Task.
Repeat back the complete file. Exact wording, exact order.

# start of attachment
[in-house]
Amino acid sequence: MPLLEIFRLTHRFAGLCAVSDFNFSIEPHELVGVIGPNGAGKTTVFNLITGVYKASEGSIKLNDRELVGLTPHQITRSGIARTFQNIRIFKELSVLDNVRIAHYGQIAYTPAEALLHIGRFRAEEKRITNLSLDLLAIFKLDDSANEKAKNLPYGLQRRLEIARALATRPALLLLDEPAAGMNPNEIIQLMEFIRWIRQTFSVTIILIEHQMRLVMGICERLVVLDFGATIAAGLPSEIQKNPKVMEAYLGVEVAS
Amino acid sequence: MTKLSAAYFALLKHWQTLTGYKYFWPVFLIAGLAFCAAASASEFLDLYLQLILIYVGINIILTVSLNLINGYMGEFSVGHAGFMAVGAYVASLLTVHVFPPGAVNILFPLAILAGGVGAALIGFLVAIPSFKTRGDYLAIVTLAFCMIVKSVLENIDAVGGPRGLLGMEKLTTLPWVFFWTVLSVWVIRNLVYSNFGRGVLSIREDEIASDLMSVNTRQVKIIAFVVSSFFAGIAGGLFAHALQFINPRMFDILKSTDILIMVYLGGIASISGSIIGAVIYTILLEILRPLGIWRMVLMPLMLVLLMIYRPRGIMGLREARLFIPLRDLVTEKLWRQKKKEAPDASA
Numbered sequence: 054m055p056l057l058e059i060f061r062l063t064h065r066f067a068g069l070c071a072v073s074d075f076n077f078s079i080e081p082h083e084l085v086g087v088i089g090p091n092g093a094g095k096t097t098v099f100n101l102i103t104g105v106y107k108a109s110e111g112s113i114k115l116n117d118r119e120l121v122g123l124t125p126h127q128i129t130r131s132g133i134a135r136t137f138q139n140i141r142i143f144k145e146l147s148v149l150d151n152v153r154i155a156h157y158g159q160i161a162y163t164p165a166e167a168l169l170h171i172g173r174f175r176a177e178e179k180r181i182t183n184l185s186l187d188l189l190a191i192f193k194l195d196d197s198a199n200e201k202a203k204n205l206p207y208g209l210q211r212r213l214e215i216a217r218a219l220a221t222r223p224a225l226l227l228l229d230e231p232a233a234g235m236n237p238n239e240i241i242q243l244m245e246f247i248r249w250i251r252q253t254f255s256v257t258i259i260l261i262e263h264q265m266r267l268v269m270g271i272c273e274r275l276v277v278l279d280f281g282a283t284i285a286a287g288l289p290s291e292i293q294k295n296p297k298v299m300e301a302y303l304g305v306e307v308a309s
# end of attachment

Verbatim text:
[in-house]
Amino acid sequence: MPLLEIFRLTHRFAGLCAVSDFNFSIEPHELVGVIGPNGAGKTTVFNLITGVYKASEGSIKLNDRELVGLTPHQITRSGIARTFQNIRIFKELSVLDNVRIAHYGQIAYTPAEALLHIGRFRAEEKRITNLSLDLLAIFKLDDSANEKAKNLPYGLQRRLEIARALATRPALLLLDEPAAGMNPNEIIQLMEFIRWIRQTFSVTIILIEHQMRLVMGICERLVVLDFGATIAAGLPSEIQKNPKVMEAYLGVEVAS
Amino acid sequence: MTKLSAAYFALLKHWQTLTGYKYFWPVFLIAGLAFCAAASASEFLDLYLQLILIYVGINIILTVSLNLINGYMGEFSVGHAGFMAVGAYVASLLTVHVFPPGAVNILFPLAILAGGVGAALIGFLVAIPSFKTRGDYLAIVTLAFCMIVKSVLENIDAVGGPRGLLGMEKLTTLPWVFFWTVLSVWVIRNLVYSNFGRGVLSIREDEIASDLMSVNTRQVKIIAFVVSSFFAGIAGGLFAHALQFINPRMFDILKSTDILIMVYLGGIASISGSIIGAVIYTILLEILRPLGIWRMVLMPLMLVLLMIYRPRGIMGLREARLFIPLRDLVTEKLWRQKKKEAPDASA
Numbered sequence: 054m055p056l057l058e059i060f061r062l063t064h065r066f067a068g069l070c071a072v073s074d075f076n077f078s079i080e081p082h083e084l085v086g087v088i089g090p091n092g093a094g095k096t097t098v099f100n101l102i103t104g105v106y107k108a109s110e111g112s113i114k115l116n117d118r119e120l121v122g123l124t125p126h127q128i129t130r131s132g133i134a135r136t137f138q139n140i141r142i143f144k145e146l147s148v149l150d151n152v153r154i155a156h157y158g159q160i161a162y163t164p165a166e167a168l169l170h171i172g173r174f175r176a177e178e179k180r181i182t183n184l185s186l187d188l189l190a191i192f193k194l195d196d197s198a199n200e201k202a203k204n205l206p207y208g209l210q211r212r213l214e215i216a217r218a219l220a221t222r223p224a225l226l227l228l229d230e231p232a233a234g235m236n237p238n239e240i241i242q243l244m245e246f247i248r249w250i251r252q253t254f255s256v257t258i259i260l261i262e263h264q265m266r267l268v269m270g271i272c273e274r275l276v277v278l279d280f281g282a283t284i285a286a287g288l289p290s291e292i293q294k295n296p297k298v299m300e301a302y303l304g305v306e307v308a309s